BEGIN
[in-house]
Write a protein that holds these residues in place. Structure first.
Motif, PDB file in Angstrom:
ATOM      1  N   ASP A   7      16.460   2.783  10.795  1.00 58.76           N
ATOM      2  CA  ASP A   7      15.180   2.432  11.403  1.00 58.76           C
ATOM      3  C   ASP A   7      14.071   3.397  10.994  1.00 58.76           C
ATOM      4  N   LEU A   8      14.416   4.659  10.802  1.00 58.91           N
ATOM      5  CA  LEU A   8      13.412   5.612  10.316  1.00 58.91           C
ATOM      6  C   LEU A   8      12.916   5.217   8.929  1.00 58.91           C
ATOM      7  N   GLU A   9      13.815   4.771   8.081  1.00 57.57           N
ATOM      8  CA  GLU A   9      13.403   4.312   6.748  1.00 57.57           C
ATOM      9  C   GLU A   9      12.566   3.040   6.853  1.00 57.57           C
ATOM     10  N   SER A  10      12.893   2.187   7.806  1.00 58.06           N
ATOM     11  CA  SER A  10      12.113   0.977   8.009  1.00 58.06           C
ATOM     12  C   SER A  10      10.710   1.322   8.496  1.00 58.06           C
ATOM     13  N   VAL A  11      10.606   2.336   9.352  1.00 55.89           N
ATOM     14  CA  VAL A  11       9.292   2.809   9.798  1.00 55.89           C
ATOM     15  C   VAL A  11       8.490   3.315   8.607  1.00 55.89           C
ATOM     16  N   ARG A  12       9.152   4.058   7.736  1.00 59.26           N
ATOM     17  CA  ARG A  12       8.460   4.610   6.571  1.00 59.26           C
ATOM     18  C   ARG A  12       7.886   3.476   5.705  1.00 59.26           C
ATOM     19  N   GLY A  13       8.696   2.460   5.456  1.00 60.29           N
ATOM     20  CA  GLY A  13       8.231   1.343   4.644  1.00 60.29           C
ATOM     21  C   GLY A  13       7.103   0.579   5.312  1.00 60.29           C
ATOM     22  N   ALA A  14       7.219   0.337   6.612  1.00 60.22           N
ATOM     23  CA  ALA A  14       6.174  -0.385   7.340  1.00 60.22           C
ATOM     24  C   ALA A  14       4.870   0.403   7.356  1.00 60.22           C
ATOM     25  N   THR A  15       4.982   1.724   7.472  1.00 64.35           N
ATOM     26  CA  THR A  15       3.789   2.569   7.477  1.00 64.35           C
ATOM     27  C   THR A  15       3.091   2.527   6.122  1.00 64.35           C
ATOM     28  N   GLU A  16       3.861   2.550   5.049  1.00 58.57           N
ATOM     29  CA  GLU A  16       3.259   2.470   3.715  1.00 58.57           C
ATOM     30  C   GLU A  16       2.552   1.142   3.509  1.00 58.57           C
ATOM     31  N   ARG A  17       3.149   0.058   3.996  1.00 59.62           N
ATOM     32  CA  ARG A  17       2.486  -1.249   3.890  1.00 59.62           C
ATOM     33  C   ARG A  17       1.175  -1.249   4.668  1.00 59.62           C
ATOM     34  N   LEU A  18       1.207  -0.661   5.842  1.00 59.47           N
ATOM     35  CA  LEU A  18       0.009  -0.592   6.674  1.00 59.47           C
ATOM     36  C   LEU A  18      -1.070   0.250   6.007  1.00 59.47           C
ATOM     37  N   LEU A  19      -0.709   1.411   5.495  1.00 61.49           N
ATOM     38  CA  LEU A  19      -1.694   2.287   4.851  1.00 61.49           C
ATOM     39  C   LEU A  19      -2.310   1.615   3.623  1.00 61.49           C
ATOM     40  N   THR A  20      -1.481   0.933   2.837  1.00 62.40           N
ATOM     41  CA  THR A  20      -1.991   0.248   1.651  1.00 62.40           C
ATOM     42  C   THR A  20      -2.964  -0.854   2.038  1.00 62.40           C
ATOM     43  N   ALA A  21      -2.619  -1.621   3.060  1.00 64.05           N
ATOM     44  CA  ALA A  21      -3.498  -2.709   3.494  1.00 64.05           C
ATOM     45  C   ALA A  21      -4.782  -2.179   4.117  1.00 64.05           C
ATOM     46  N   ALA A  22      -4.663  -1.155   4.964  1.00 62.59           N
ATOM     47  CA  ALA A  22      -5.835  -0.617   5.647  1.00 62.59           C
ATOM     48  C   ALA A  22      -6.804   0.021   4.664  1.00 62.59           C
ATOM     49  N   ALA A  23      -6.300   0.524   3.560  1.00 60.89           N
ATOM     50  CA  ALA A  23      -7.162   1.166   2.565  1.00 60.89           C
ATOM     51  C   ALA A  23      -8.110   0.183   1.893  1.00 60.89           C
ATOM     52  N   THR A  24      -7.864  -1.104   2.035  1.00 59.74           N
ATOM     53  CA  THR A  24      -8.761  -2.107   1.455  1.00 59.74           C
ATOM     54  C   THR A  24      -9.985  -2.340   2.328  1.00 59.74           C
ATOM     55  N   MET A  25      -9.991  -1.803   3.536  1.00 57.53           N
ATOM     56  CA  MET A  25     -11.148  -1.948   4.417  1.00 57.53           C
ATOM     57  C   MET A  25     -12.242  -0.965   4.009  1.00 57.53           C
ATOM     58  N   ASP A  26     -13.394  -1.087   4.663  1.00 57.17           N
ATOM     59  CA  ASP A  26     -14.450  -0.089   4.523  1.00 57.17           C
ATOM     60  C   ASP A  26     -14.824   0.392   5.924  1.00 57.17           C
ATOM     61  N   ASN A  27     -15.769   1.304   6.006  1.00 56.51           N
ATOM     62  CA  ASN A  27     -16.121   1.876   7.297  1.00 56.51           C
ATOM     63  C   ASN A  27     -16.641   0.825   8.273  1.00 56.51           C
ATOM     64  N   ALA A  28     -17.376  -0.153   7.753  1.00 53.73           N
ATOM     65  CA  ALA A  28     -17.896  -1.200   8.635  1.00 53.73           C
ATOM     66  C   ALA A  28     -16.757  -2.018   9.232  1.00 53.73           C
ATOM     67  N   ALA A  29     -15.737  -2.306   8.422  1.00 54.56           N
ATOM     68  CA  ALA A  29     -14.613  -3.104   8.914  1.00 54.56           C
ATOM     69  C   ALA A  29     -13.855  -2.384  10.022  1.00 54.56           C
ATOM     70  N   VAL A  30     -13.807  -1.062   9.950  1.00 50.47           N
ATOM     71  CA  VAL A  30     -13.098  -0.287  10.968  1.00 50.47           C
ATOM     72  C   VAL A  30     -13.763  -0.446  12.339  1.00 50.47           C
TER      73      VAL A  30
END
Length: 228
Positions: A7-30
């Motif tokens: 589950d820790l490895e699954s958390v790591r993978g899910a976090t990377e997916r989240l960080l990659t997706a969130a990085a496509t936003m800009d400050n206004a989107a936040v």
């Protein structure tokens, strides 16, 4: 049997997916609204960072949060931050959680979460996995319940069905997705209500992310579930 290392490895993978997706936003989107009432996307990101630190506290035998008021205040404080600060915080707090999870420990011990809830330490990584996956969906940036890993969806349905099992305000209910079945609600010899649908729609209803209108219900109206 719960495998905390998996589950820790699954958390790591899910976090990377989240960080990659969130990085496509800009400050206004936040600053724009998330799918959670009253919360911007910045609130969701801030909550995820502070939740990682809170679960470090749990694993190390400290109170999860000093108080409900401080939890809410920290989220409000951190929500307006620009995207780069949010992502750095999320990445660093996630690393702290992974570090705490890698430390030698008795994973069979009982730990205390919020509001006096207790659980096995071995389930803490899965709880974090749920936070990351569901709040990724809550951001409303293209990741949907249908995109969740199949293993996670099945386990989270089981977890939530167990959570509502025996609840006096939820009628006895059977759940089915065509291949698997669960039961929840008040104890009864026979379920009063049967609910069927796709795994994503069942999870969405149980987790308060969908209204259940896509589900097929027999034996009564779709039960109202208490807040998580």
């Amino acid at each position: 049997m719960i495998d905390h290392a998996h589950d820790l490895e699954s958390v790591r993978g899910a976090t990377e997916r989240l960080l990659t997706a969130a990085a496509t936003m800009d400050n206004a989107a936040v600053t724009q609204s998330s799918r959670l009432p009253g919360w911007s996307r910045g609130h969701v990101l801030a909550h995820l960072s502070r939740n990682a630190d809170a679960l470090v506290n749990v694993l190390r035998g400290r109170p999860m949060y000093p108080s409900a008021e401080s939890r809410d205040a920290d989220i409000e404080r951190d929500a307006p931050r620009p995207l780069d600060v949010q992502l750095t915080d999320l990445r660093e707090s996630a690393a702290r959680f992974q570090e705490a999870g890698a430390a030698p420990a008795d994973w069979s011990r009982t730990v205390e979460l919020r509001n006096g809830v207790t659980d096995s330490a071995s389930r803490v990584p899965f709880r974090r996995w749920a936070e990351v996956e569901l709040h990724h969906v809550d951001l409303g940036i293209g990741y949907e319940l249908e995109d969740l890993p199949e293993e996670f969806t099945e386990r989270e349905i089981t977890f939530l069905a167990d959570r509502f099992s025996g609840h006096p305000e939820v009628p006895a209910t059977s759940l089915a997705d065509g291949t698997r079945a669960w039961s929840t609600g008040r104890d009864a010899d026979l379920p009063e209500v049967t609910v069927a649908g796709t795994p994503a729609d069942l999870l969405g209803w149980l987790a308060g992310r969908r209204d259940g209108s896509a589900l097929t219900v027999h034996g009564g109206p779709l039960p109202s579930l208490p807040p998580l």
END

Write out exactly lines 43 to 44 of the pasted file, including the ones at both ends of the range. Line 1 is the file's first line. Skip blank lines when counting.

ATOM     40  N   THR A  20      -1.481   0.933   2.837  1.00 62.40           N
ATOM     41  CA  THR A  20      -1.991   0.248   1.651  1.00 62.40           C